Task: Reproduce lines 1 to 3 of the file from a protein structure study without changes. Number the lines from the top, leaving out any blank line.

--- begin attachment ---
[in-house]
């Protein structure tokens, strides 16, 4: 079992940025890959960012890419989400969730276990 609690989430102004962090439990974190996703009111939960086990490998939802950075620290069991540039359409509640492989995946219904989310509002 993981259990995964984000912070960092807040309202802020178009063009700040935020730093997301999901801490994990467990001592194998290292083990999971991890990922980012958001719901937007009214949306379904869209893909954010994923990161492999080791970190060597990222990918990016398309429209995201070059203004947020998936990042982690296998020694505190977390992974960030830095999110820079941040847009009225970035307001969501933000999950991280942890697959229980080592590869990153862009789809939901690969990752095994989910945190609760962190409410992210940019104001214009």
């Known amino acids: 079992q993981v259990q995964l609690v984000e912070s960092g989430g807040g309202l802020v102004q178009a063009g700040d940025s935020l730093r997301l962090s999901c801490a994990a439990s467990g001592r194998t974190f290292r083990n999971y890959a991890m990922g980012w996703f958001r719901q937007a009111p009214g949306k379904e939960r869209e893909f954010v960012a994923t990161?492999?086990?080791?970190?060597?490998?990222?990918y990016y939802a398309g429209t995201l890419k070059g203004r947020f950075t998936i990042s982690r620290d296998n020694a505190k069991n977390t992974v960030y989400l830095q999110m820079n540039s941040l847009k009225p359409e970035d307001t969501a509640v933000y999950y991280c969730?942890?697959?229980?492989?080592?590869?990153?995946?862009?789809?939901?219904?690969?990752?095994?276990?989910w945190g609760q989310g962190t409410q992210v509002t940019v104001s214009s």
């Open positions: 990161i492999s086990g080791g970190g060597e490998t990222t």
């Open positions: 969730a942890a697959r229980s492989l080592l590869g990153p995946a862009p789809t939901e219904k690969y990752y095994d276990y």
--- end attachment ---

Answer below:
[in-house]
């Protein structure tokens, strides 16, 4: 079992940025890959960012890419989400969730276990 609690989430102004962090439990974190996703009111939960086990490998939802950075620290069991540039359409509640492989995946219904989310509002 993981259990995964984000912070960092807040309202802020178009063009700040935020730093997301999901801490994990467990001592194998290292083990999971991890990922980012958001719901937007009214949306379904869209893909954010994923990161492999080791970190060597990222990918990016398309429209995201070059203004947020998936990042982690296998020694505190977390992974960030830095999110820079941040847009009225970035307001969501933000999950991280942890697959229980080592590869990153862009789809939901690969990752095994989910945190609760962190409410992210940019104001214009």
């Known amino acids: 079992q993981v259990q995964l609690v984000e912070s960092g989430g807040g309202l802020v102004q178009a063009g700040d940025s935020l730093r997301l962090s999901c801490a994990a439990s467990g001592r194998t974190f290292r083990n999971y890959a991890m990922g980012w996703f958001r719901q937007a009111p009214g949306k379904e939960r869209e893909f954010v960012a994923t990161?492999?086990?080791?970190?060597?490998?990222?990918y990016y939802a398309g429209t995201l890419k070059g203004r947020f950075t998936i990042s982690r620290d296998n020694a505190k069991n977390t992974v960030y989400l830095q999110m820079n540039s941040l847009k009225p359409e970035d307001t969501a509640v933000y999950y991280c969730?942890?697959?229980?492989?080592?590869?990153?995946?862009?789809?939901?219904?690969?990752?095994?276990?989910w945190g609760q989310g962190t409410q992210v509002t940019v104001s214009s």